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Listeriosis is a bacterial infection most commonly caused by Listeria monocytogenes,[1] although Listeria ivanovii and Listeria grayigrayi have been reported in certain cases.[2]The main route of acquisition of Listeria is through the ingestion of contaminated food products. Listeria has been isolated from raw meat, dairy products, vegetables, fruit and seafood. [1]

Signs and symptoms

The disease primarily affects older adults, individuals with weakened immune systems, pregnant women, and newborns; a person with listeriosis usually has fever and muscle aches, often preceded by diarrhea or other gastrointestinal symptoms.[3]


Listeria monocytogenes is ubiquitous in the environment. The main route of acquisition of Listeria is through the ingestion of contaminated food products.Vegetables, soft cheeses, unpasteurized milk and unpasteurised pâté are among several potential dangers, which include many other types of foods.[1]


L. monocytogene can act as a saprophyte or a pathogen, depending on its environment. When this bacterium is present within a host organism, quorum sensing and other signals cause the up-regulation of several virulence genes. Depending on the location of the bacterium within the host organism, different activators up-regulate the virulence genes. SigB, an alternative sigma factor, up-regulates Vir genes in the intestines, whereas PrfA up-regulates gene expression when the bacterium is present in blood.[4][5][6][7]


The diagnosis of Listeriosis, in central nervous system infection cases, can quite often be cultured from the blood or from the CSF (cerebro spinal fluid) of the individual.[8]


The main means of prevention is through the promotion of safe handling, cooking and consumption of food. This includes washing raw vegetables and cooking raw food thoroughly, as well as reheating leftover or ready-to-eat foods like hot dogs until steaming hot.[9]


Bacteremia should be treated for 2 weeks, meningitis for 3 weeks, and brain abscess for at least 6 weeks. Ampicillin generally is considered the antibiotic of choice; gentamicin is added frequently for its synergistic effects. Overall mortality rate is 20 to 30 percent; of all pregnancy-related cases, 22 percent resulted in fetal loss or neonatal death, but mothers usually survive.[10]


Incidence in 2004 to 2005 was 2 (point) 5 to 3 cases per million population a year in the United States, where pregnant women accounted for 30 percent of all cases.[11] Of all nonperinatal infections, 70 percent occur in immunocompromised individuals. Incidence in the U.S. has been falling since 1990, in contrast to Europe where changes in eating habits have led to an increase during the same time.[12]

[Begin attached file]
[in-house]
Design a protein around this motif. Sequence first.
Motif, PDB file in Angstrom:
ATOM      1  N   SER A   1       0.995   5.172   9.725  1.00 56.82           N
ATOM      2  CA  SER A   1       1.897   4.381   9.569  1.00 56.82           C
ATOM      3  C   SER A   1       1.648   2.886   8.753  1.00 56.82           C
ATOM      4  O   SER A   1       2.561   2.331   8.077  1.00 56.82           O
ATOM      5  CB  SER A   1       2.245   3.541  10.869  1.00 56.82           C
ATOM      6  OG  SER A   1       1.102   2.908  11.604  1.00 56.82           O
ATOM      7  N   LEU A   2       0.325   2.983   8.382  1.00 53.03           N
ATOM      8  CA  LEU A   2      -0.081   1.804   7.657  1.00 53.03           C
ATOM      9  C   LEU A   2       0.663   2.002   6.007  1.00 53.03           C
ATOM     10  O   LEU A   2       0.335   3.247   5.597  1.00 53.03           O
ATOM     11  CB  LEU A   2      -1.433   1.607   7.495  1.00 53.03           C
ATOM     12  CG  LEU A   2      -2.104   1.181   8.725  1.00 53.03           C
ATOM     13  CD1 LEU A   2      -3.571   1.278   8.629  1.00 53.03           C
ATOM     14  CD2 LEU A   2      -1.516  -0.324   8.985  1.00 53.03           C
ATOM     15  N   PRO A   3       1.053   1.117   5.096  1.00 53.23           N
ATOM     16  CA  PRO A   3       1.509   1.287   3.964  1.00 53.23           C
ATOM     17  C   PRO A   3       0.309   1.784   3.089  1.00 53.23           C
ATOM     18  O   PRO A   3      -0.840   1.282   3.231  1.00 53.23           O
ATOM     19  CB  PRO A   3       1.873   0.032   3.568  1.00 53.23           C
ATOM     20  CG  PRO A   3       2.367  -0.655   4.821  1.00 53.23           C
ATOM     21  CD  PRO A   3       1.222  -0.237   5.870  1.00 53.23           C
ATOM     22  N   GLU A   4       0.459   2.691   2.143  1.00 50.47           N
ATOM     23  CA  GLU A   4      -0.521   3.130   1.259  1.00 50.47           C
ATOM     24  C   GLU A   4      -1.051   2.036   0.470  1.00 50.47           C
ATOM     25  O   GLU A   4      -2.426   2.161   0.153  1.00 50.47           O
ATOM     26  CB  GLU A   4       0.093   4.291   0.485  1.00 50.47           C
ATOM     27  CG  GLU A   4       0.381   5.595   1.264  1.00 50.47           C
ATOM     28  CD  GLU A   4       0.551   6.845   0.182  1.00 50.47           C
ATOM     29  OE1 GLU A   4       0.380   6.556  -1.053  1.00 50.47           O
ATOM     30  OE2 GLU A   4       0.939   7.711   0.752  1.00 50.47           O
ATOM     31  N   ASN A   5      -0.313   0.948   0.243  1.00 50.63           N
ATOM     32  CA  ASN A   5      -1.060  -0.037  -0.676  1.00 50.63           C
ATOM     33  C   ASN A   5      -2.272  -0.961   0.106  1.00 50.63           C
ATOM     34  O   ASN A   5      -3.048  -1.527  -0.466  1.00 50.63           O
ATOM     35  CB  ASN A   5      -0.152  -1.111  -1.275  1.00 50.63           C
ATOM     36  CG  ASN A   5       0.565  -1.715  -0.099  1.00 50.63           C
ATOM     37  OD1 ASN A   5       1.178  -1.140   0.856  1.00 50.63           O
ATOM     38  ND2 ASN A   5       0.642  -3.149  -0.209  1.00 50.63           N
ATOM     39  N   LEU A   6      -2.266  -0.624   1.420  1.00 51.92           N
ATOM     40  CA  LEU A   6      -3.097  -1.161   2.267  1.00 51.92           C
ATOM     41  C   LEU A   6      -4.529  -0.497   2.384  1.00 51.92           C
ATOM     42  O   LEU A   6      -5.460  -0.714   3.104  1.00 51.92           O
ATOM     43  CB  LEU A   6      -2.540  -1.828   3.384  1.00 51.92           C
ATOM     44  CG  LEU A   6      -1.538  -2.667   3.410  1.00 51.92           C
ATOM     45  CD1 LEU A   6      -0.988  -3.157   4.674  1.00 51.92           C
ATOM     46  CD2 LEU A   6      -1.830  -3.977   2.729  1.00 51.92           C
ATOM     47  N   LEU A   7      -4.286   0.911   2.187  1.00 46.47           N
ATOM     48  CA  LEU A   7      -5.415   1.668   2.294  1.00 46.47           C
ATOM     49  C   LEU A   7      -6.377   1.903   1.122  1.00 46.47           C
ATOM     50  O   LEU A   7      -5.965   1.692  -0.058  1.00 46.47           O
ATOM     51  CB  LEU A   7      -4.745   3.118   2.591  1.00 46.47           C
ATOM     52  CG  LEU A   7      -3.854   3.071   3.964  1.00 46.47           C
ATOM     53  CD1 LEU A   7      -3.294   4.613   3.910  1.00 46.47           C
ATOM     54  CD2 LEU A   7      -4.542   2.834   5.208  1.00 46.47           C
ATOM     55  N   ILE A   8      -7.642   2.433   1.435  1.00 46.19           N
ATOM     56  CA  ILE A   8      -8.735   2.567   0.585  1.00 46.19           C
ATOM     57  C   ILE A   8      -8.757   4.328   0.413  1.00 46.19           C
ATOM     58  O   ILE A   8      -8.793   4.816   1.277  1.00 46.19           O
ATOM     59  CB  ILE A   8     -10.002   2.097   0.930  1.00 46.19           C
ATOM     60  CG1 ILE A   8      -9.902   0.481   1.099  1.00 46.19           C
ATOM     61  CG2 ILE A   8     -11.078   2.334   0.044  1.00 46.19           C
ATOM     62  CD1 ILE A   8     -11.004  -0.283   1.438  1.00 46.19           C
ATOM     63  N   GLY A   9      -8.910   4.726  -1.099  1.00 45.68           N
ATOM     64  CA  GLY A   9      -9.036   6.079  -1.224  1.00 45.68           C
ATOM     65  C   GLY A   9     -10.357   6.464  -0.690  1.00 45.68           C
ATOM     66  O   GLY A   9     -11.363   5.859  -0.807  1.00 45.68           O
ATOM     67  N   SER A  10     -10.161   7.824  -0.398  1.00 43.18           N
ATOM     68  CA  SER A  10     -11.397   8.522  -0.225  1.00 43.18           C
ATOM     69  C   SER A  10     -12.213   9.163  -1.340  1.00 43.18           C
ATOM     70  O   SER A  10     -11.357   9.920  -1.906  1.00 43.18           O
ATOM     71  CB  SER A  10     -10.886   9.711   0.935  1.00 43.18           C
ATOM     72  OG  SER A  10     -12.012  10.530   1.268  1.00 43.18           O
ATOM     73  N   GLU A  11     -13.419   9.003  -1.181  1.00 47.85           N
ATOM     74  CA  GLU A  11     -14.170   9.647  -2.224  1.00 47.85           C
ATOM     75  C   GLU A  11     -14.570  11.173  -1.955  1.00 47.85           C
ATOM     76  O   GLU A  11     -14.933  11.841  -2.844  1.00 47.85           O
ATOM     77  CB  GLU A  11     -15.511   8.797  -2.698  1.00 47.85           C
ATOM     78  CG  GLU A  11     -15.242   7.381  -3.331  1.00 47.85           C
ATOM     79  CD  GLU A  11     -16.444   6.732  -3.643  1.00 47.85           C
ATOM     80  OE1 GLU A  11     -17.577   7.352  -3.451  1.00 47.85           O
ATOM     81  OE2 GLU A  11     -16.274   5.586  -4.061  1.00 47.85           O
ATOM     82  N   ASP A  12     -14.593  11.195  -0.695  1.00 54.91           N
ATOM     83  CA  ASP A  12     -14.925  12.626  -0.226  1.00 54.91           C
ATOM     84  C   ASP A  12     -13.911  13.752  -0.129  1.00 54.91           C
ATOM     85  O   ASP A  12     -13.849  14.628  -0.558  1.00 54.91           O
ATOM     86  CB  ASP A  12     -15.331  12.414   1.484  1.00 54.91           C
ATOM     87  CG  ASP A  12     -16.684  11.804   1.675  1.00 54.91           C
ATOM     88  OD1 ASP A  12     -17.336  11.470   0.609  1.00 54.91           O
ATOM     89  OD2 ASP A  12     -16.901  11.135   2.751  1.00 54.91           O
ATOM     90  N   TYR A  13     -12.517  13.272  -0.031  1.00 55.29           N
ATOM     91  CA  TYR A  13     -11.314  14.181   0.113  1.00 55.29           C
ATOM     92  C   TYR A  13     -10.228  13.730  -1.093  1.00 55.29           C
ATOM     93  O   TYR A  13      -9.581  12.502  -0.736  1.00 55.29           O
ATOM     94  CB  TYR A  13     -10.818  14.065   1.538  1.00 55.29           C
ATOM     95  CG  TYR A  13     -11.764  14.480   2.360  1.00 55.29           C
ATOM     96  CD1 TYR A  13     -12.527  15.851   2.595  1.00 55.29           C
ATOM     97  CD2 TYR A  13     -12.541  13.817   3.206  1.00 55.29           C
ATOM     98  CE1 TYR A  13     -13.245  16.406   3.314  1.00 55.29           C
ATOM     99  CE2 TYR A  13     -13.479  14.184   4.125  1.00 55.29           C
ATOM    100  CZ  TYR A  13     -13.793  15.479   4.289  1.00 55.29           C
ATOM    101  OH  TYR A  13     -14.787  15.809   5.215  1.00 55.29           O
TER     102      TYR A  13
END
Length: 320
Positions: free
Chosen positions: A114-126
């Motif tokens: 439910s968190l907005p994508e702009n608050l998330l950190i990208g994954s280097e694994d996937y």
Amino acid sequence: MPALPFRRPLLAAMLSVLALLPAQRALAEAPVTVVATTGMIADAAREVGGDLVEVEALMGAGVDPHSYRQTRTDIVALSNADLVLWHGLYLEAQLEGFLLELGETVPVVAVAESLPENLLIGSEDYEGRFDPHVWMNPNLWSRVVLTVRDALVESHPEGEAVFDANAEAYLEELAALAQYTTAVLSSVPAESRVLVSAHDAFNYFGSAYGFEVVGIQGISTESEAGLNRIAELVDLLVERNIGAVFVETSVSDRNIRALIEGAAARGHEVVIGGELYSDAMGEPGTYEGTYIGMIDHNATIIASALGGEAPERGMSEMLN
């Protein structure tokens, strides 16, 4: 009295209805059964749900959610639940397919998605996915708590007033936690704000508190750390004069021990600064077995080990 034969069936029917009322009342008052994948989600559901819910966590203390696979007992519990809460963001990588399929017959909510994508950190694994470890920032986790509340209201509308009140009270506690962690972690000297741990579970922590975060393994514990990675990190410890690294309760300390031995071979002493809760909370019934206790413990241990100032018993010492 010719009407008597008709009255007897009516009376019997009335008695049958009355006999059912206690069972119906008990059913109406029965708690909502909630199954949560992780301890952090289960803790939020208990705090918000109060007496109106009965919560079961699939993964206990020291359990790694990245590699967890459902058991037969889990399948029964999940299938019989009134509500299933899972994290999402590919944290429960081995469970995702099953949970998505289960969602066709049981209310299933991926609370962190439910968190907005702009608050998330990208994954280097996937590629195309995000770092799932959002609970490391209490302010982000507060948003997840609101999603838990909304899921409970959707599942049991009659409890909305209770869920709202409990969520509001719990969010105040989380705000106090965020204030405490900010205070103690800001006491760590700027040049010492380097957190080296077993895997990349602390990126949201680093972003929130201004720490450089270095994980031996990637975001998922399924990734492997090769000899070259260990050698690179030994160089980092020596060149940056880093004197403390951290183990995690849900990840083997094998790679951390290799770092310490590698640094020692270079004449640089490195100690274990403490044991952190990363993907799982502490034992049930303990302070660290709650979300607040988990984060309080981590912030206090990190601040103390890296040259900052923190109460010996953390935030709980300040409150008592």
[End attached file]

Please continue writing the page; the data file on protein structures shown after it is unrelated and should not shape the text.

1. 1.0 1.1 1.2 Ryan KJ, Ray CG, eds. (2003). Sherris Medical Microbiology (4th ed.). McGraw Hill. ISBN 0-8385-8529-9.
  2. de Noordhout CM, Devleesschauwer B, Angulo FJ, Verbeke G, Haagsma J, Kirk M, Havelaar A, Speybroeck N (November 2014). "The global burden of listeriosis: a systematic review and meta-analysis". The Lancet. Infectious Diseases. 14 (11): 1073–1082. doi:10.1016/S1473-3099(14)70870-9. PMC 4369580. PMID 25241232.
  3. "Learn about the symptoms of Listeria". Centers for Disease Control and Prevention. 3 May 2022. Retrieved 8 July 2022.
  4. Mengaud J, Dramsi S, Gouin E, Vazquez-Boland JA, Milon G, Cossart P (September 1991). "Pleiotropic control of Listeria monocytogenes virulence factors by a gene that is autoregulated". Molecular Microbiology. 5 (9): 2273–83. doi:10.1111/j.1365-2958.1991.tb02158.x. PMID 1662763. S2CID 22599174.
  5. Leimeister-Wächter M, Haffner C, Domann E, Goebel W, Chakraborty T (November 1990). "Identification of a gene that positively regulates expression of listeriolysin, the major virulence factor of listeria monocytogenes". Proceedings of the National Academy of Sciences of the United States of America. 87 (21): 8336–40. Bibcode:1990PNAS...87.8336L. doi:10.1073/pnas.87.21.8336. PMC 54950. PMID 2122460.
  6. Garner MR, Njaa BL, Wiedmann M, Boor KJ (February 2006). "Sigma B contributes to Listeria monocytogenes gastrointestinal infection but not to systemic spread in the guinea pig infection model". Infection and Immunity. 74 (2): 876–86. doi:10.1128/IAI.74.2.876-886.2006. PMC 1360341. PMID 16428730.
  7. Mandin P, Fsihi H, Dussurget O, Vergassola M, Milohanic E, Toledo-Arana A, Lasa I, Johansson J, Cossart P (September 2005). "VirR, a response regulator critical for Listeria monocytogenes virulence". Molecular Microbiology. 57 (5): 1367–80. doi:10.1111/j.1365-2958.2005.04776.x. PMID 16102006.
  8. Mahon CR, Lehman DC, Manuselis G (25 March 2014). Textbook of Diagnostic Microbiology. Elsevier Health Sciences. pp. 357–. ISBN 978-0-323-29262-7. Archived from the original on 31 May 2021. Retrieved 22 June 2021.
  9. "Prevention—Listeriosis". Centers for Disease Control and Prevention. Archived from the original on May 7, 2020. Retrieved September 29, 2011.
  10. Fitzpatrick J, Barrera J (February 2007). "Health authorities link 12 deaths to contaminated meat". Canwest News Service. Archived from the original on 27 January 2016.
  11. "Listeria". Center for Infectious Disease Research and Policy. University of Minnesota. Archived from the original on 2013-05-06. Retrieved 2021-06-22.
  12. European Food Safety Authority, European Centre for Disease Prevention and Control (December 2016). "EU summary report on zoonoses, zoonotic agents and food-borne outbreaks 2015". EFSA Journal. 14 (12): 4634. doi:10.2903/j.efsa.2016.4634.